There was certainly a pre-Roman settlement known as Verlamio, that developed into an early Roman town and given the status of municipium that was razed to the ground during the Boudiccan revolt of 60/61 AD. This was rebuilt as the Roman town of Verulamium, just to the southwest of the modern city of St Albans.
At least until the later 3rd century Verulamium was dominated by an extensive religious complex that developed outside the town across the river. This complex was centred on Oysterfields, just off the modern Folly Lane. Oysterfields occupies a low hill directly overlooking the centre of the Roman town, immediately visible from the Forum/Basilica area as opposed to Holywell Hill that is the more prominent of the two and became the site of the medieval abbey.
A large Romano-Celtic temple, linked to the town by a processional way, occupied the crest of Oysterflieds Hill until the end of the 3rd century. This temple commemorated the burial place of the local chieftain who was cremated on the crest of the hill in the mid-1st century, the ashes buried just east of the temple, together with a remarkable collection of funerary offerings, making the burial one of the richest of its period in Britain. It seems an ancestor cult developed around this site with the lower slopes containing over 40 deep pits, one contained the skull of a young man who had been killed by a blow to the head. The skull had been scalped and defleshed and then carefully placed on the bottom of the pit. Six other pits were found to contain face-pots with the face deliberately cut out. In three pits animal skulls had been carefully placed on the bottom.3
Numerous deep pits around the temple site would have undoubtedly penetrated the water table in the Roman period, which, when considered in context of the deposits found in the marshland surrounding the Roman town, may be considered as evidence of votive offering deliberately placed into the depths of the waters. An Iron Age trackway across the marsh will have provided access. In the late 3rd or 4th century religious activity on the part of the complex north of the river dwindled and finally came to a cease in the first quarter of the 4th century. Pits were no longer dug and rubbish was allowed to accumulate over the site. Could the abandonment of the site be linked to the rise in Christianity and the veneration of St Alban on the adjacent Holywell Hill ?4
Bede is the first person to document the execution and burial of Alban as happening in Verulamium, neither Gildas or Constantius of Lyon specifically state that Alban was martyred at the Roman city.
It has been suggested that the cult of Alban was already known to Victricius of Rouen, who visited Britain shortly before the year 400 AD. In his De Laude Sanctorum, Rouen refers to the story of a British martyr who walked through a river, a possible reference to a well-known episode in the martyrdom of Alban; the crowds of people were such that he could not cross the bridge leading to the site of his execution, so he walked into the river, which parted to allow him through. Although there are clear similarities between the story in the Passio of Albani and that related by Victricius, it is important to note that Victricius never names the martyr, nor does he say which river he crossed.5
Our earliest information on the cult of the martyr Alban is to be found in the Vita Germani (Life of St Germanus of Auxerre), written about 480 by Constantius of Lyon. According to the hagiographer, Germanus, together with his companion Lupus of Troyes, visited the site of the saint’s resting place in the course of his first visit to Britain in order to combat the Pelagians, generally dated to 429 AD. Constantius provides little detail of the visit, but this is supplied by early versions of the Passio Albani, of which the fullest account survives in the Turin manuscript.6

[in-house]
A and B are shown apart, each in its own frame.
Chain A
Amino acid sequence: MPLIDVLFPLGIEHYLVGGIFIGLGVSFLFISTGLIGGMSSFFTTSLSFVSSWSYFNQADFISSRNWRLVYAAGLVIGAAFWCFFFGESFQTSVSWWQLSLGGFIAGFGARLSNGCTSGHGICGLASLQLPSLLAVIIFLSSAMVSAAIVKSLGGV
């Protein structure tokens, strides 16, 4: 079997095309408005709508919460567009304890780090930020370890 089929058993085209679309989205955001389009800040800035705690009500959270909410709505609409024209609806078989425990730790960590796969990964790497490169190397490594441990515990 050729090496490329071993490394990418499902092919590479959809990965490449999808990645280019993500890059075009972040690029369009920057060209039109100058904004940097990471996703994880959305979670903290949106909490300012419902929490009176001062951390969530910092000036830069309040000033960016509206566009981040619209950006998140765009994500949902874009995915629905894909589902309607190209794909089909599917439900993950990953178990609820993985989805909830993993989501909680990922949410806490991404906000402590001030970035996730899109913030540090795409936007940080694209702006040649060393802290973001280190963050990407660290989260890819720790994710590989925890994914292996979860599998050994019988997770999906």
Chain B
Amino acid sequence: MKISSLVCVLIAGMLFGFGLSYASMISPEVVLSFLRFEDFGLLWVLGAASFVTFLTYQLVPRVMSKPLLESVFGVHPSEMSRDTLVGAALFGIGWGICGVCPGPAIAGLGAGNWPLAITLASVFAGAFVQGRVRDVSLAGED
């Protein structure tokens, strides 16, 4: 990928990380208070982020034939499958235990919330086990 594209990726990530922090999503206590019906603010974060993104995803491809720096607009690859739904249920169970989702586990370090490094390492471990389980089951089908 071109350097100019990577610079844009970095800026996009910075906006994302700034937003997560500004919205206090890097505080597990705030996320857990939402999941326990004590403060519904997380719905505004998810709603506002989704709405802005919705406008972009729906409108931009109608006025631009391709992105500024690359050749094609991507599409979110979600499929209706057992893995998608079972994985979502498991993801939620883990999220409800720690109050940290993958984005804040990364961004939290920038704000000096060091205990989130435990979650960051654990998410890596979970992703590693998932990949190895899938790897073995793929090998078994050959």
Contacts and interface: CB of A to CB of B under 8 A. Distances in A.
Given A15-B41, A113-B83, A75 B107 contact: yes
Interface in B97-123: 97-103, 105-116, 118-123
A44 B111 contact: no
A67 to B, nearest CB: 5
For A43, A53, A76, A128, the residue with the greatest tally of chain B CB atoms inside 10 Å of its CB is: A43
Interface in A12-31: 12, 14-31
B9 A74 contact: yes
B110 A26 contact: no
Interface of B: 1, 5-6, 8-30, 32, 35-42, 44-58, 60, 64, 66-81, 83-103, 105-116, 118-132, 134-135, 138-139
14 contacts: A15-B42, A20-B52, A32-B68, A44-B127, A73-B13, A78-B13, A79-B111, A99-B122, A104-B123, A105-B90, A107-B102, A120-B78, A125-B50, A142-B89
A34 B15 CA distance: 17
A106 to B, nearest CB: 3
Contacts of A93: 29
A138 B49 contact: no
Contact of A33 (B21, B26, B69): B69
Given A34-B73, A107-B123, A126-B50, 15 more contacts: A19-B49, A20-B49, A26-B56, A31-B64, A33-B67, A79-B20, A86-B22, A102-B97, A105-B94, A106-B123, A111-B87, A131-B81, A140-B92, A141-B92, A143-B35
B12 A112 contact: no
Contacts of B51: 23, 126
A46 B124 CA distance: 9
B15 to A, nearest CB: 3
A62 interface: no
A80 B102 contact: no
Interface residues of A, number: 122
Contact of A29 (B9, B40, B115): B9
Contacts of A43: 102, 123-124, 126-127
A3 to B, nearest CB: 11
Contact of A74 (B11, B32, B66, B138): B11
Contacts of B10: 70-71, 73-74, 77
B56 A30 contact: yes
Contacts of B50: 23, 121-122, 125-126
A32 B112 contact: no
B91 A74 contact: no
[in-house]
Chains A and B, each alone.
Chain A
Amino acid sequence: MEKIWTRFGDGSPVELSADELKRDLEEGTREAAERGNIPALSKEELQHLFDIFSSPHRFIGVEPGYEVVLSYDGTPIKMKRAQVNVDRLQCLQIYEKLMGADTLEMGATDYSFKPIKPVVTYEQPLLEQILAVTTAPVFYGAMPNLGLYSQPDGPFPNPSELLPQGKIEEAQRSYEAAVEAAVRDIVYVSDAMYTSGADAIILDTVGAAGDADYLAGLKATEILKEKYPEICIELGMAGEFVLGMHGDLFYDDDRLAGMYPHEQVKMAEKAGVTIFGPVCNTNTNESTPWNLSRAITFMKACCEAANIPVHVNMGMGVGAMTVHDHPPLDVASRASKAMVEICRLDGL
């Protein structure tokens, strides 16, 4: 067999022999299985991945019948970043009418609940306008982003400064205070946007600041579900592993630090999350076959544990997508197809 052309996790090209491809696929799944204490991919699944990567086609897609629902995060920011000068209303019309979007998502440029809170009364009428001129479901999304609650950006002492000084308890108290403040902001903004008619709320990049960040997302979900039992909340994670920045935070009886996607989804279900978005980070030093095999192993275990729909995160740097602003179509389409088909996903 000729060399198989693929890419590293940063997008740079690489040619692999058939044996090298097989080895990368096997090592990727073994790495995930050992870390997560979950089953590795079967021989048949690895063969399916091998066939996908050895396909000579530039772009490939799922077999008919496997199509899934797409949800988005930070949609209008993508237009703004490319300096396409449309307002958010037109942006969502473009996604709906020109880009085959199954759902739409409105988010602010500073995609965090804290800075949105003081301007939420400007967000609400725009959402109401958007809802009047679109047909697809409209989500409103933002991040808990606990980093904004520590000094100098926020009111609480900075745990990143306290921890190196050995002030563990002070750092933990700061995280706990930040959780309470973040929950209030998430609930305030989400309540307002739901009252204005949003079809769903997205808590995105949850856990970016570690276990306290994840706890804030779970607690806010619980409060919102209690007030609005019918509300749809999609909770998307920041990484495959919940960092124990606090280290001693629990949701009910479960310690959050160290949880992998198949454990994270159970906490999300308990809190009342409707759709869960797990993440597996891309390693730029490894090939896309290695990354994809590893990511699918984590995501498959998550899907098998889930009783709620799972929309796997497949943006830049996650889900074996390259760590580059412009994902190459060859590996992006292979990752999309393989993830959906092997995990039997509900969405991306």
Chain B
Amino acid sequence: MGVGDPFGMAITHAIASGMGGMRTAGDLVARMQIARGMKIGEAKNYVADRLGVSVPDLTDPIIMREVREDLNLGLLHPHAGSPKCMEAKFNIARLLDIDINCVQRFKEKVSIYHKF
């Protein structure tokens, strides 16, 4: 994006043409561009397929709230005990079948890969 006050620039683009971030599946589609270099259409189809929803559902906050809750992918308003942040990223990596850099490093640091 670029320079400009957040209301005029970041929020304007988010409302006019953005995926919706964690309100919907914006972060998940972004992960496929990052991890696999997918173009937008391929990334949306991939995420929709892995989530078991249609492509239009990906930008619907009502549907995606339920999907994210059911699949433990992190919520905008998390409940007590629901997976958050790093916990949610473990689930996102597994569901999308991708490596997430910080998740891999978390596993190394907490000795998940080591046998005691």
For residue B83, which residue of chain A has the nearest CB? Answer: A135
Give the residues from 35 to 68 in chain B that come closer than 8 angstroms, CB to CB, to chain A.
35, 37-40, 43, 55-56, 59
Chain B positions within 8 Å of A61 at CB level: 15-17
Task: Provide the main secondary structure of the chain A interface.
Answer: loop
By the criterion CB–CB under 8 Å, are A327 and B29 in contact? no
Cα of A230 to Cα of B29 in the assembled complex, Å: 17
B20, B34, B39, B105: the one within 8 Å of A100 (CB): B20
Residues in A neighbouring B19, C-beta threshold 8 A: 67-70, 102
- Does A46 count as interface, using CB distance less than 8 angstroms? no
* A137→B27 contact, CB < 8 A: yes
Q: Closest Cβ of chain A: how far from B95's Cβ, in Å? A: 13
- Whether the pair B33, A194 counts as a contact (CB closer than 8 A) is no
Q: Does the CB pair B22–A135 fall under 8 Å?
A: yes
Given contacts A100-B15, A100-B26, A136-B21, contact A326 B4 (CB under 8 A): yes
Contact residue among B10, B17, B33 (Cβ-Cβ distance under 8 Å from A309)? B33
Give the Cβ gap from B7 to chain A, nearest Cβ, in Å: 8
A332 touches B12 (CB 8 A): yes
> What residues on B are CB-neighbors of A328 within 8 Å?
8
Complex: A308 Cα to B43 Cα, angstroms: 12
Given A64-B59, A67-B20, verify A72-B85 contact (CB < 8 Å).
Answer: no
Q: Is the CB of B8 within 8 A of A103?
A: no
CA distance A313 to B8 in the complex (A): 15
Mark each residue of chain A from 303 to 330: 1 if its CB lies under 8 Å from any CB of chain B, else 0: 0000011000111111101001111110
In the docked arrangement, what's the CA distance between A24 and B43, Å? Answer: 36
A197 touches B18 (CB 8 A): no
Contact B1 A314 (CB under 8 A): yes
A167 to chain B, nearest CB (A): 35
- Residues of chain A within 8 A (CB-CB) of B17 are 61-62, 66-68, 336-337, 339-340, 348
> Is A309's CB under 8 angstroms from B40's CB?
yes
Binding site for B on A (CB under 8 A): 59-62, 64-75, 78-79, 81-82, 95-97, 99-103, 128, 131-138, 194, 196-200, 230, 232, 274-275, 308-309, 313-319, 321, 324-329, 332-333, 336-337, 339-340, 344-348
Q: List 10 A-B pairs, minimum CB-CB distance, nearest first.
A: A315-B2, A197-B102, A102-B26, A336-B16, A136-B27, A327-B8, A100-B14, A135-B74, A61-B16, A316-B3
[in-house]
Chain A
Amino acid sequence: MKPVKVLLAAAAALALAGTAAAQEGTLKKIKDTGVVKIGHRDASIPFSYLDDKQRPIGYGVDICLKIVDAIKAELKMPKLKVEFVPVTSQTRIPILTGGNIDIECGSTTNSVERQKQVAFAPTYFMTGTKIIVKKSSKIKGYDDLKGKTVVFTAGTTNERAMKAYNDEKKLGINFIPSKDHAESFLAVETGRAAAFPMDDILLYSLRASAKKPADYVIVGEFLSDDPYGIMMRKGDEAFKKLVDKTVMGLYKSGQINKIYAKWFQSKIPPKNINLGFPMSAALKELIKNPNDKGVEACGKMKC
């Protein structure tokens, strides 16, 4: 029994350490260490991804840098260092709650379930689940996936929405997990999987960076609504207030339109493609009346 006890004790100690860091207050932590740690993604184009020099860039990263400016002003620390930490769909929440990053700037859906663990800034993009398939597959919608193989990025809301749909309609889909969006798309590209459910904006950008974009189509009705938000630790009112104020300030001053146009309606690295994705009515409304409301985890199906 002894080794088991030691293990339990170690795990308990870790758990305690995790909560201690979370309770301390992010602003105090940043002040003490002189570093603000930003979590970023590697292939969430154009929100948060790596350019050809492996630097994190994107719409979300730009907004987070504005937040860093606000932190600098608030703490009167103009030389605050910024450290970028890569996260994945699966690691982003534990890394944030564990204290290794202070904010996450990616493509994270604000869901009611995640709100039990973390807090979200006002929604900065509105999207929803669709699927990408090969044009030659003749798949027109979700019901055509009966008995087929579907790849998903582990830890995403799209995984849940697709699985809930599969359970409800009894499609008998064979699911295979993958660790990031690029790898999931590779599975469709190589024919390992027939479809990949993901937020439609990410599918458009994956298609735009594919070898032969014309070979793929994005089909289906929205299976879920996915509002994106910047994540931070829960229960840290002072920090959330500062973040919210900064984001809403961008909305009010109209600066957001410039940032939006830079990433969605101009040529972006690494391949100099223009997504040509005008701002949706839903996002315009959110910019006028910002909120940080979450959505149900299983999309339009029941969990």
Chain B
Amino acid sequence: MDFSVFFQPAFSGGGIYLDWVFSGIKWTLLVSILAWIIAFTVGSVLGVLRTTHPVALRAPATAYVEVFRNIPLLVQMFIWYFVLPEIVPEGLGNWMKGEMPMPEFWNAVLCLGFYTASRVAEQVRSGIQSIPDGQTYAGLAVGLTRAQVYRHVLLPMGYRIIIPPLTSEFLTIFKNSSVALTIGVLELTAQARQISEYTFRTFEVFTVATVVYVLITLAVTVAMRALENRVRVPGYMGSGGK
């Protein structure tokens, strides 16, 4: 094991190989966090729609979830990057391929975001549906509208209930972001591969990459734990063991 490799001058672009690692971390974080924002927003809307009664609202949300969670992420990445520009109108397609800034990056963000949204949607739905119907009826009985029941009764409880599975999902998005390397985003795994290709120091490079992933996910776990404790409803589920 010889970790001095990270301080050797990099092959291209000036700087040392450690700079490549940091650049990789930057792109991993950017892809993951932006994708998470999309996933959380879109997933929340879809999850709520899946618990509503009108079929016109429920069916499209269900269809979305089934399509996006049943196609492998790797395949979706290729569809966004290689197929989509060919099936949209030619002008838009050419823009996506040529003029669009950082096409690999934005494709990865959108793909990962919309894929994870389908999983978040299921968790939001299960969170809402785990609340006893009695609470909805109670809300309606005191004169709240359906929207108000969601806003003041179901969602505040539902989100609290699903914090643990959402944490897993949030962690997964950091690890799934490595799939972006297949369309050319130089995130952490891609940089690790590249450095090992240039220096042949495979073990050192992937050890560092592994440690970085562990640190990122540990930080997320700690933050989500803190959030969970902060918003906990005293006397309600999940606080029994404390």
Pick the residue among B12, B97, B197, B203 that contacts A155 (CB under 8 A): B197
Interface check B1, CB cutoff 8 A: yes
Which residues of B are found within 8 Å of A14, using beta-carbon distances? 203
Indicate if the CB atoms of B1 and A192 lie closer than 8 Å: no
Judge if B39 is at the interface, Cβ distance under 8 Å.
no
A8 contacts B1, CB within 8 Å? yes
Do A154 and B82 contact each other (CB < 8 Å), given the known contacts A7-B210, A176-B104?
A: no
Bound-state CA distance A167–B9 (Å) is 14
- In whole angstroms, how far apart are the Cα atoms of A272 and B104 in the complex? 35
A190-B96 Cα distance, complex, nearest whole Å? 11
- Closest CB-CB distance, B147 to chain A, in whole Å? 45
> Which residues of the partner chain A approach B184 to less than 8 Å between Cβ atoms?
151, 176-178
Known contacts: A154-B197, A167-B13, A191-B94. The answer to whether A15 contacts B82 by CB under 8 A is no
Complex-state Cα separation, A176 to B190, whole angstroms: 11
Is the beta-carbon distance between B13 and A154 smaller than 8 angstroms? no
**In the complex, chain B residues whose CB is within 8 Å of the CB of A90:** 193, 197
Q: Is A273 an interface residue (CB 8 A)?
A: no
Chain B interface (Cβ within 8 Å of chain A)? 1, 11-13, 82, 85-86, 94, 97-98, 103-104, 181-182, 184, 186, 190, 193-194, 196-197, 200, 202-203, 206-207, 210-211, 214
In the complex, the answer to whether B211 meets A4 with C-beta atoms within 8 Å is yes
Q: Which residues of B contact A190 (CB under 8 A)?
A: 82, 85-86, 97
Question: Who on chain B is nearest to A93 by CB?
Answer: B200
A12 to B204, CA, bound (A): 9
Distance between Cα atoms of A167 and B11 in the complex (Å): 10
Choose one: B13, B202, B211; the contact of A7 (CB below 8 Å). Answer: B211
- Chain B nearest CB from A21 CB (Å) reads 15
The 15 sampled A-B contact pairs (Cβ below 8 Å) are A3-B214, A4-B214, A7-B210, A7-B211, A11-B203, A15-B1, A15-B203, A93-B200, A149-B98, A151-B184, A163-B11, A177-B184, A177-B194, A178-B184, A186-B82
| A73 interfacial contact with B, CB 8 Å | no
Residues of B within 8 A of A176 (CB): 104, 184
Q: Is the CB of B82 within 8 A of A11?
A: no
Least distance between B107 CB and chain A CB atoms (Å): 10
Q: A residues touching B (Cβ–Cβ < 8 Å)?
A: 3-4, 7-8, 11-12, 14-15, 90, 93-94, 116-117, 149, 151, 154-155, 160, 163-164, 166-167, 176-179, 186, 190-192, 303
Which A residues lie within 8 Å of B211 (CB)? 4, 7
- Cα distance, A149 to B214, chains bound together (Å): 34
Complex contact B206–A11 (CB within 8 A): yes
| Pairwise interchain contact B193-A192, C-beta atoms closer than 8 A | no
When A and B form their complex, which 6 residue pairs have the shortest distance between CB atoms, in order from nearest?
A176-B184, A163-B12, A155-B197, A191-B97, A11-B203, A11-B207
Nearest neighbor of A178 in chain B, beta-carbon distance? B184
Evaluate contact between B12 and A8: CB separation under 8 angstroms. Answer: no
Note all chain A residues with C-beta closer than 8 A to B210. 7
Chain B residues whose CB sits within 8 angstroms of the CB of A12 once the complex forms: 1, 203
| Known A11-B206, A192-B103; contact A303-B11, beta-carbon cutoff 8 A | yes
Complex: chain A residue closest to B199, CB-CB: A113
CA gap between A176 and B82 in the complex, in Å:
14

|St Alban's Shrine|
Richard Sharpe has demonstrated that the shortest of the early recension's of the Passio Albani, the so-called 'E' text, is earlier than the 'T' (or Turin) recension, dating it to the mid-5th century. The 'E' text may be the first written account, taken down shortly after the vision experienced by Germanus at Alban's shrine.7
It appears that the earliest written version of the Alban story was commissioned by Germanus almost immediately after his visit to the shrine of Alban in Britain. The text would seem to have been intended for the walls of a church in Auxerre. Historian Ian Wood suggests that the earliest Passio of Alban needs to be considered in the context of Germanus’ work in Britain and in Auxerre: the story of the saint’s martyrdom seems to have been revealed to, or invented by, Germanus in the context of his anti-Pelagian mission to Britain.8
Copyright © 2014 Edward Watson
Notes & References
1. Hugh Williams, Gildas: The Ruin Of Britain, edited For The Hon. Society Of Cymmrodorion, 1899.
2. David Rollason, Saints and Relics in Anglo-Saxon England, Wiley-Blackwell, 1989.
3. Rosalind Niblett, Why Verulamium? in M. Henigand And P. Lindley (ed.), Alban and St Albans, Maney Publishing, 2001, pp.1-12.
5. Ian Wood, Germanus, Alban and Auxerre, Bulletin du centre d’études médiévales d’Auxerre (BUCEMA, 13 ), 2009, pp.123-129.
7. Richard Sharpe, The Late Antique Passion of St Alban, in M. Henigand And P. Lindley (ed.), Alban and St Albans, Maney Publishing, 2001, pp.30-37.
8. Wood, op.cit.
David Farmer, The Oxford Dictionary of Saints, Fifth Edition Revised, 2011.
John Crook, English Medieval Shrines, Boydell, 2012.
St Alban's Cathedral website